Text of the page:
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I have defined the following view:

{ "_id":"_design/test",
  { "test": 
    { "map": "function(doc) { for (var k in emit([k],null);}",
      "options": {"collation":"raw"}

When querying the view without any parameters, I get the expected result (sorted as "AB...ab" instead of "aAbB" because I specified a raw collation):



I then use startkey and endkey to ask for the range between B and a, and I expect to receive keys BCDEFa, but instead I receive the following error message:


{ "error": "query_parse_error",
  "reason": "No rows can match your key range, reverse your start_key and 
             end_key or set descending=true"

Why does it say that no rows can match the key range, when rows B,C,D,E,F and a will match ?

EDIT: I have a single document (revision and ID omitted):

{ "_id": "-", 
  "_rev": "-", 
  "data": [ "A", "B", "C", "D", "E", "F", "a", "b", "c", "d", "e", "f", "g" ] 
share|improve this question
What version of CouchDB are you running? I do not get that error on v1.0.1 – Dominic Barnes Jul 1 '11 at 15:48
I'm using version 1.1 – Victor Nicollet Jul 1 '11 at 20:11
Can you include some sample documents as well? – Dominic Barnes Jul 1 '11 at 20:15
Can you include the command you use for querying? Maybe there is some quoting problem. This is the most typical error in this cases. – Marcello Nuccio Jul 2 '11 at 9:04
This may indeed be a proper CouchDB bug. It seems reasonable that the code to sort views is different from the input-validation code for HTTP queries. Perhaps the latter did not get the {"collation":"raw"} memo. – JasonSmith Jul 4 '11 at 2:26

I can confirm that I experience the same behaviour in version 1.1 on Ubuntu 10.04.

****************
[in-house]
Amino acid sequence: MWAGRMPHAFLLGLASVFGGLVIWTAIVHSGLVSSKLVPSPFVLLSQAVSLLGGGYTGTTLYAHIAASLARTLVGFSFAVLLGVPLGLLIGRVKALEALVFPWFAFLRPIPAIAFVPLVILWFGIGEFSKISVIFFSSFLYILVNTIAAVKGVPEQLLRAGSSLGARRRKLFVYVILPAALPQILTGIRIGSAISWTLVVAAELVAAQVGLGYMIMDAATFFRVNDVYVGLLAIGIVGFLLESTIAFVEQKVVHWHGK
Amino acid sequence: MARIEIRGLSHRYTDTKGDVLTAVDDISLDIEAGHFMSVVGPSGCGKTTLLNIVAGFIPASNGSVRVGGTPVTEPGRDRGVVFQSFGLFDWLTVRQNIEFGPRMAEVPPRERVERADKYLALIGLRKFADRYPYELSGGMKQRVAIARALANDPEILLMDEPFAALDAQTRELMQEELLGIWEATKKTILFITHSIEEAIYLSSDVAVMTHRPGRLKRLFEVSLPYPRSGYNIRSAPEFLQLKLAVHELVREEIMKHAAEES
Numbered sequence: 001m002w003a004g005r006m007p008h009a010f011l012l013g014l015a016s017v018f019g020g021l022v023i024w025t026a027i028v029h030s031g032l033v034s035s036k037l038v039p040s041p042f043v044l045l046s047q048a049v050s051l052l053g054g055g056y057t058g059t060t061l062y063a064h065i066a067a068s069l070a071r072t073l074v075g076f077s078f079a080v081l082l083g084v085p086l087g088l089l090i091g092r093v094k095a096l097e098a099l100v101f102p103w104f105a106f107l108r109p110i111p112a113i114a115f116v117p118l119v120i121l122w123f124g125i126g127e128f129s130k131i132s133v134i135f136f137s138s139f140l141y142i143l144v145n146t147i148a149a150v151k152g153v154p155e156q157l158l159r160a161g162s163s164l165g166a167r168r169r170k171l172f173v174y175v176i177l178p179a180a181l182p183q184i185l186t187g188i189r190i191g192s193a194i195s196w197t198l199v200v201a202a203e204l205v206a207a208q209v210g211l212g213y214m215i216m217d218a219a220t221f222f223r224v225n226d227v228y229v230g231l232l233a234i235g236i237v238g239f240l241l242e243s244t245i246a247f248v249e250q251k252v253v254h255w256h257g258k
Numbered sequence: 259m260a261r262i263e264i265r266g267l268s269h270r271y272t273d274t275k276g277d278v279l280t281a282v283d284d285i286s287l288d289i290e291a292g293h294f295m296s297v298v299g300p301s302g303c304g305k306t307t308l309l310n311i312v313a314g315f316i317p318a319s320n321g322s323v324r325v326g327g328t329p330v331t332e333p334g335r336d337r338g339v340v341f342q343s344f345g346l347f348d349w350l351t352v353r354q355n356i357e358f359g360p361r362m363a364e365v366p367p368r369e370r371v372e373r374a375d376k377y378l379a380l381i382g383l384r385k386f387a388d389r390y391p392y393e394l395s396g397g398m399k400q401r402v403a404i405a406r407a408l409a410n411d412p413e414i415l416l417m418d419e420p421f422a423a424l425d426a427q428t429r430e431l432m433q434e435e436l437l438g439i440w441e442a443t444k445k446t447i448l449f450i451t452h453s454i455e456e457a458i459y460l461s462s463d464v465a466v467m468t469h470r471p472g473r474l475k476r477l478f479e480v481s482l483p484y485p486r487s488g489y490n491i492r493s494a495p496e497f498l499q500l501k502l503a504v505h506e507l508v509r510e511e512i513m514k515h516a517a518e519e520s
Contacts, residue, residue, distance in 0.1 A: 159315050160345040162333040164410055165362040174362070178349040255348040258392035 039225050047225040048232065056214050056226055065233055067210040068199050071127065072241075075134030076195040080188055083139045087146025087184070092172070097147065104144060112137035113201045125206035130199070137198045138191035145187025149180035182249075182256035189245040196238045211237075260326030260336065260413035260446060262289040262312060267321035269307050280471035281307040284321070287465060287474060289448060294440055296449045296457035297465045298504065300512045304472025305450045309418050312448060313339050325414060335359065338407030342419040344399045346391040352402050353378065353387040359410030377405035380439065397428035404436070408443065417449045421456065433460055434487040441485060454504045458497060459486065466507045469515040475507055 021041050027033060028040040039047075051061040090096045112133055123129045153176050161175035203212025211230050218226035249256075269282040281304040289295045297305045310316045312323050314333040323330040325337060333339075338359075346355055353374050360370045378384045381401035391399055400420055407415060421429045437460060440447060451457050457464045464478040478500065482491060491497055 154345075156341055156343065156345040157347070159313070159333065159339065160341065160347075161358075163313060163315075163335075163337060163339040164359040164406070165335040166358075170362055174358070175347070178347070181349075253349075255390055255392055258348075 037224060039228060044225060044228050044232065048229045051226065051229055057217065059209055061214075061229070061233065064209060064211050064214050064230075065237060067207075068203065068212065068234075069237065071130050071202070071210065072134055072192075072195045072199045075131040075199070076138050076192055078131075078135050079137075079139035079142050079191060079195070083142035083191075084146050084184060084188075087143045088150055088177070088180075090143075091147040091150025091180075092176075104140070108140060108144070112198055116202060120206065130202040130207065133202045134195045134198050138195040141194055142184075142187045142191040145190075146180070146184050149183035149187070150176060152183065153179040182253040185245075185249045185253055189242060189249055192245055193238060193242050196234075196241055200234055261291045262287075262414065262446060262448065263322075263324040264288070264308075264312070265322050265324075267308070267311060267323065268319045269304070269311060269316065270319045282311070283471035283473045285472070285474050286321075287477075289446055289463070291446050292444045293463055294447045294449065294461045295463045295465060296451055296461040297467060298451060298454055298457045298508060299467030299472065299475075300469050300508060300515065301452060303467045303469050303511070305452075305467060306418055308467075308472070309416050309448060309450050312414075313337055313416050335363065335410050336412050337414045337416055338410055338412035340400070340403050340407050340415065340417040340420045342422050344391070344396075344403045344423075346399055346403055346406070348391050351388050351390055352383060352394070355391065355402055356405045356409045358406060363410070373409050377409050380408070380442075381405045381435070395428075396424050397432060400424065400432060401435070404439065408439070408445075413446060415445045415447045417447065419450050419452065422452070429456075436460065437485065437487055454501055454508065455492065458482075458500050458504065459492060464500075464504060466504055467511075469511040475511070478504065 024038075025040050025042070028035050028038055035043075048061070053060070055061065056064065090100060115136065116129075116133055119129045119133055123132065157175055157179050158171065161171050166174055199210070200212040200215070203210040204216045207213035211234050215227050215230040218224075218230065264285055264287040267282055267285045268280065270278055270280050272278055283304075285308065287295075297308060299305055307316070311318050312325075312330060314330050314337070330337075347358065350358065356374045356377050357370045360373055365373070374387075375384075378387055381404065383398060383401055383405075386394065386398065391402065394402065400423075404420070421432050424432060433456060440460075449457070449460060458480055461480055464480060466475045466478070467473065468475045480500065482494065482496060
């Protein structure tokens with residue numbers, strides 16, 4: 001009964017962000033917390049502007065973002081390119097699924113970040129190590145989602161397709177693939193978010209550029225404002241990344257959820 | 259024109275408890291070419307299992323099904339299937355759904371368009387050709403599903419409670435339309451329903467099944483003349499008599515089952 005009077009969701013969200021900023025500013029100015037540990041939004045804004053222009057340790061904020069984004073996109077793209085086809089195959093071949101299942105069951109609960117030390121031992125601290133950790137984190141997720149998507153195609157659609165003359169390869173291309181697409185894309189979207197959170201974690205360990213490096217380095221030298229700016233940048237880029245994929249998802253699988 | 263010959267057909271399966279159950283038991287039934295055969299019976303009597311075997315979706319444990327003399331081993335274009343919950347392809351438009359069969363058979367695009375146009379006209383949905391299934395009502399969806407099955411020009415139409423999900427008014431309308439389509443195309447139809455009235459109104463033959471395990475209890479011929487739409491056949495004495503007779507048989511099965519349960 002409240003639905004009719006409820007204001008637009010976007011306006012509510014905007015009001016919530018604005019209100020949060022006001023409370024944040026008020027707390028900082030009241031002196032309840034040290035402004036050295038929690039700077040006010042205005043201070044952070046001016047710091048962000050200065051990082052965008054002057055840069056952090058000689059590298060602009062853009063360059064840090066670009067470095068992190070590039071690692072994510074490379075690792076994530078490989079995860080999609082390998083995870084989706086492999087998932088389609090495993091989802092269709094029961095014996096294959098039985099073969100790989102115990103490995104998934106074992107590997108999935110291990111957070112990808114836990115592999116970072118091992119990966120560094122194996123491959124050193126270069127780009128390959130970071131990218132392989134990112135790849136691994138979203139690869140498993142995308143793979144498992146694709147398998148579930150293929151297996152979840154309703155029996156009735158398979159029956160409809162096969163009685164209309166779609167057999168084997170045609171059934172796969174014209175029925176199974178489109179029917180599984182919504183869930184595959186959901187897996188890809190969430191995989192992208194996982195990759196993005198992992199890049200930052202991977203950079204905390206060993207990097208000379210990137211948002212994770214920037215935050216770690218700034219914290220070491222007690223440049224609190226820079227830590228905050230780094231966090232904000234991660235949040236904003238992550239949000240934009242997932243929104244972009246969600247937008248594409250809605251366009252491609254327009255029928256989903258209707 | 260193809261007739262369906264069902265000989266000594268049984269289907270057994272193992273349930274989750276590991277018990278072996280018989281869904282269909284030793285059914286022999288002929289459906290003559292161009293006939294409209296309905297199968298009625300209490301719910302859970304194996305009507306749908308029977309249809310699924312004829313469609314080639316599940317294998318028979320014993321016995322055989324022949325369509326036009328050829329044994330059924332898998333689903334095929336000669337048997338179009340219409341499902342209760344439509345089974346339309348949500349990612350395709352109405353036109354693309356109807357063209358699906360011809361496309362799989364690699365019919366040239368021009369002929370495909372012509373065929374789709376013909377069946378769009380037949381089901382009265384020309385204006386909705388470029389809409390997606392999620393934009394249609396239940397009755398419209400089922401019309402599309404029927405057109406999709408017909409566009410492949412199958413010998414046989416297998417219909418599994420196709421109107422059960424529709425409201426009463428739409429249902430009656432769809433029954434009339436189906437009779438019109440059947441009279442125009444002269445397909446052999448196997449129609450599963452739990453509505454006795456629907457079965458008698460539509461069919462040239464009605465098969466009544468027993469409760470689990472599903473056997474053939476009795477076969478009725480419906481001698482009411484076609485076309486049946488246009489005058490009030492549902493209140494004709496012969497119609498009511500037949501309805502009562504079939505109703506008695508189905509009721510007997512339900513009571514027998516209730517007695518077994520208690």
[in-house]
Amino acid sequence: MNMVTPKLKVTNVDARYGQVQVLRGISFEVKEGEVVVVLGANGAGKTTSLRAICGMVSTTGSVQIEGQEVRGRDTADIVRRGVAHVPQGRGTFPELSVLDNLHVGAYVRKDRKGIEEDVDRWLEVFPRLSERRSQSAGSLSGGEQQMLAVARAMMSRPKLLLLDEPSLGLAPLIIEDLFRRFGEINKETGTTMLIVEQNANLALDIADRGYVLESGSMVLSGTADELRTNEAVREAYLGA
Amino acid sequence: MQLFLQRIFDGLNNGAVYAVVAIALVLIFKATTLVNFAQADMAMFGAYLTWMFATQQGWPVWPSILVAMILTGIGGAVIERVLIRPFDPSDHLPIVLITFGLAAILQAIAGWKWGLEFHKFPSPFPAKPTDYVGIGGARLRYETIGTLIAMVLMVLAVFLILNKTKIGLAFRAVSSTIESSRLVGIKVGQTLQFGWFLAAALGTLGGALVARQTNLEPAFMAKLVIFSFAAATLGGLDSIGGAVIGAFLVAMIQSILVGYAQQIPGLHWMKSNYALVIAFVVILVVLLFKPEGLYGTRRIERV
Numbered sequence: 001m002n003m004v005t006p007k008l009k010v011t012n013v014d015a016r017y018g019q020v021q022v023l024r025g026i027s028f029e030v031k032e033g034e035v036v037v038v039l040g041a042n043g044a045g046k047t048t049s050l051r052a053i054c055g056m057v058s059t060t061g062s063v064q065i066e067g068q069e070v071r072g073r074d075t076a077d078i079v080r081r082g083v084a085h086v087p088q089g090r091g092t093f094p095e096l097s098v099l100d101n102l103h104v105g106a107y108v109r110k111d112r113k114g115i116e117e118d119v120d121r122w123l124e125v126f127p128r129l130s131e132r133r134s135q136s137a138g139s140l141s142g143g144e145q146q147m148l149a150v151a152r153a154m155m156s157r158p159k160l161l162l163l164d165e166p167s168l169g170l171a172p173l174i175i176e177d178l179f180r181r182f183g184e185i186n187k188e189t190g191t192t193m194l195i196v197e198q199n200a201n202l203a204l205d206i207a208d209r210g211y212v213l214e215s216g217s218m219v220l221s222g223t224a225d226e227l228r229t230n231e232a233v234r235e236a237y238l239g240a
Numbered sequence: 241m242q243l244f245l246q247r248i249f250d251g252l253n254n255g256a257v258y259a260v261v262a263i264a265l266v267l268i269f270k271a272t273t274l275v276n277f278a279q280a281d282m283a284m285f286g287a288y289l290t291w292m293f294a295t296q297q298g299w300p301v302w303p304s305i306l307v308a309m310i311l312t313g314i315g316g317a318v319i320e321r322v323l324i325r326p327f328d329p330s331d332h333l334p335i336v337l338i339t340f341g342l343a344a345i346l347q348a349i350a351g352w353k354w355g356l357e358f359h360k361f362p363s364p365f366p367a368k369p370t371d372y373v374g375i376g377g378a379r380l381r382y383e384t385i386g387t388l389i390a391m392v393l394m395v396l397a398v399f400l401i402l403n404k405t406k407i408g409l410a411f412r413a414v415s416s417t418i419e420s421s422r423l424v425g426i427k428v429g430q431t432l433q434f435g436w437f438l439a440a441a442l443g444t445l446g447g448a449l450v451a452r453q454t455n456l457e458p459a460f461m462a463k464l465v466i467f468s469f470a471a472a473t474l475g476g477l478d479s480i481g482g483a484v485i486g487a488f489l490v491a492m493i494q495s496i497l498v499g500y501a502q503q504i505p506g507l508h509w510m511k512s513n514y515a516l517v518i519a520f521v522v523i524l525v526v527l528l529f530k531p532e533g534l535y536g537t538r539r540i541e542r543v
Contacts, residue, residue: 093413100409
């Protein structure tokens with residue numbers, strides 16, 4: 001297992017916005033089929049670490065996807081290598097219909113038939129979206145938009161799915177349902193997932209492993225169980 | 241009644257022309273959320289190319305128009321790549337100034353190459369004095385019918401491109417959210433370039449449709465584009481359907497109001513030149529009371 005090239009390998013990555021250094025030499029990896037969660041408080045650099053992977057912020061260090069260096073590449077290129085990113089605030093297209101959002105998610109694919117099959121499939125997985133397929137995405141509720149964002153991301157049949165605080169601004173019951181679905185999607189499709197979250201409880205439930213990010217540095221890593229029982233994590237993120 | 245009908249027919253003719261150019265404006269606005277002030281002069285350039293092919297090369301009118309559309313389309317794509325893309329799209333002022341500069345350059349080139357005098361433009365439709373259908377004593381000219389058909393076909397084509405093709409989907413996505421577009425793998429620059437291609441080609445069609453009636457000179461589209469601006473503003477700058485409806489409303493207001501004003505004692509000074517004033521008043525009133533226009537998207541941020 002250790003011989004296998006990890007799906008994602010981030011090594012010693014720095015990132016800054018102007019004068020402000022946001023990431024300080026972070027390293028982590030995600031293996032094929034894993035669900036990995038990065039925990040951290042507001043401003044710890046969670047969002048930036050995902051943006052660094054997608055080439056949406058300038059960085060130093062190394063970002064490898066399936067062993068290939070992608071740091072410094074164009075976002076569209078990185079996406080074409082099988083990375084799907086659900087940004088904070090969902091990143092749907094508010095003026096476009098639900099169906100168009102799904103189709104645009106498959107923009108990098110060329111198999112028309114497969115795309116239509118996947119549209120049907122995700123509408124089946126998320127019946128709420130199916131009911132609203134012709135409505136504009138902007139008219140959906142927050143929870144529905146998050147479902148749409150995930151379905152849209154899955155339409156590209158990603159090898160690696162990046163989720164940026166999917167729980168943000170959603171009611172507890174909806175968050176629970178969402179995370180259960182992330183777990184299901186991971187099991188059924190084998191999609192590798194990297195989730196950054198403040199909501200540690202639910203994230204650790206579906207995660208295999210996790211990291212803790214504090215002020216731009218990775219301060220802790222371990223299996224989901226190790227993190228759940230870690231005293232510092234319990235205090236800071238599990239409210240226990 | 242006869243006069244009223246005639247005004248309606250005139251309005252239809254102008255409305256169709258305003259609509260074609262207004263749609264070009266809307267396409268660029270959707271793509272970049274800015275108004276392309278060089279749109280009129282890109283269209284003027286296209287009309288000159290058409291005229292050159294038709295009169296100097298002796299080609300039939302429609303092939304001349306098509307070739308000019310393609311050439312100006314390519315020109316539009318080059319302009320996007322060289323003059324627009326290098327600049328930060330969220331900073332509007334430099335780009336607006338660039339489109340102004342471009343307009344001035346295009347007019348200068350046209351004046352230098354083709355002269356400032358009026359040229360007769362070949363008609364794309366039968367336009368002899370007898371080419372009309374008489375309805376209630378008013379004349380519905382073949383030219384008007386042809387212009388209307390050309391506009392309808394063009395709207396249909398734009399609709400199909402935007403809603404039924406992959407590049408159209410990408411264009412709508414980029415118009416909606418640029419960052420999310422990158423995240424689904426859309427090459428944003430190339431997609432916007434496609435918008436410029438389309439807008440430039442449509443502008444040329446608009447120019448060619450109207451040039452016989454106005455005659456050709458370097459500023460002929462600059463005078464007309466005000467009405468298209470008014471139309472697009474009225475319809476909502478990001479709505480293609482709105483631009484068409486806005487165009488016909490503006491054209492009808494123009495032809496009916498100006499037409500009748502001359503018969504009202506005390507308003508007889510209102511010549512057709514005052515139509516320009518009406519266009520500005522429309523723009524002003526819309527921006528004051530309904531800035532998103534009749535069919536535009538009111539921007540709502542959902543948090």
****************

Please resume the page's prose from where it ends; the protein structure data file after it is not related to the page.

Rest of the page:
To elaborate:

curl http://localhost:5984/test/_design/test/_view/view?startkey=%22B%22\&endkey=%22a%22

returns the error

{"error":"query_parse_error","reason":"No rows can match your key range, reverse your start_key and end_key or set descending=true"}


curl http://localhost:5984/test/_design/test/_view/view?startkey=%22B%22\&endkey=%22D%22



{"id":"stuff","key":"B","value":null}, {"id":"stuff","key":"C","value":null}, {"id":"stuff","key":"D","value":null} ]}

So quoting issues don't look to be the problem.

I am using a single document:


"_id": "stuff", "_rev": "2-0507028fcab427a1b28ed6b3d4a6c05e", "data": [ "A", "B", "C", "D", "E", "F", "a", "b", "c", "d", "e", "f" ] }

share|improve this answer
and @Victor, I suggest you post this to JIRA, or at least get the ball rolling in the users mailing list. Based on the description, it seems likely to be a bug. If you would be nice enough to put it in JIRA, doubtless a developer will be nice enough to fix it for you. – JasonSmith Jul 5 '11 at 10:42

I have found this tip on (paragraph Reversed Results). hoping that could help you.

Reversed Results

To retrieve view results in reverse order, use the descending=true query parameter. If you are using a startkey parameter, you will find that CouchDB returns different rows or no rows at all. What’s up with that?

It’s pretty easy to understand when you see how view query options work under the hood. A view is stored in a tree structure for fast lookups. Whenever you query a view, this is how CouchDB operates:

  1. Starts reading at the top, or at the position that startkey specifies, if present.
  2. Returns one row at a time until the end or until it hits endkey, if present.

If you specify descending=true, the reading direction is reversed, not the sort order of the rows in the view. In addition, the same two-step procedure is followed.

Say you have a view result that looks like this:

KeyValue 0"foo" 1"bar" 2"baz"

Here are potential query options: ?startkey=1&descending=true. What will CouchDB do? See #1 above: it jumps to startkey, which is the row with the key 1, and starts reading backward until it hits the end of the view. So the particular result would be:

KeyValue 1"bar" 0"foo"

This is very likely not what you want. To get the rows with the indexes 1 and 2 in reverse order, you need to switch the startkey to endkey: endkey=1&descending=true:

KeyValue 2"baz" 1"bar"

Now that looks a lot better. CouchDB started reading at the bottom of the view and went backward until it hit endkey.

share|improve this answer
This is a better answer... CouchDB is non-intuitive to a traditional SQL users, but once you understand what it is doing, it does make sense. – Dave K Sep 11 '15 at 16:08
up vote 0 down vote accepted

After looking again through wads of documentation and asking around, it seems that this behavior is unintended. I have submitted a JIRA bug for this. I currently have no general-purpose workaround to suggest, though I have been able to work around the problem in my specific situation.

share|improve this answer

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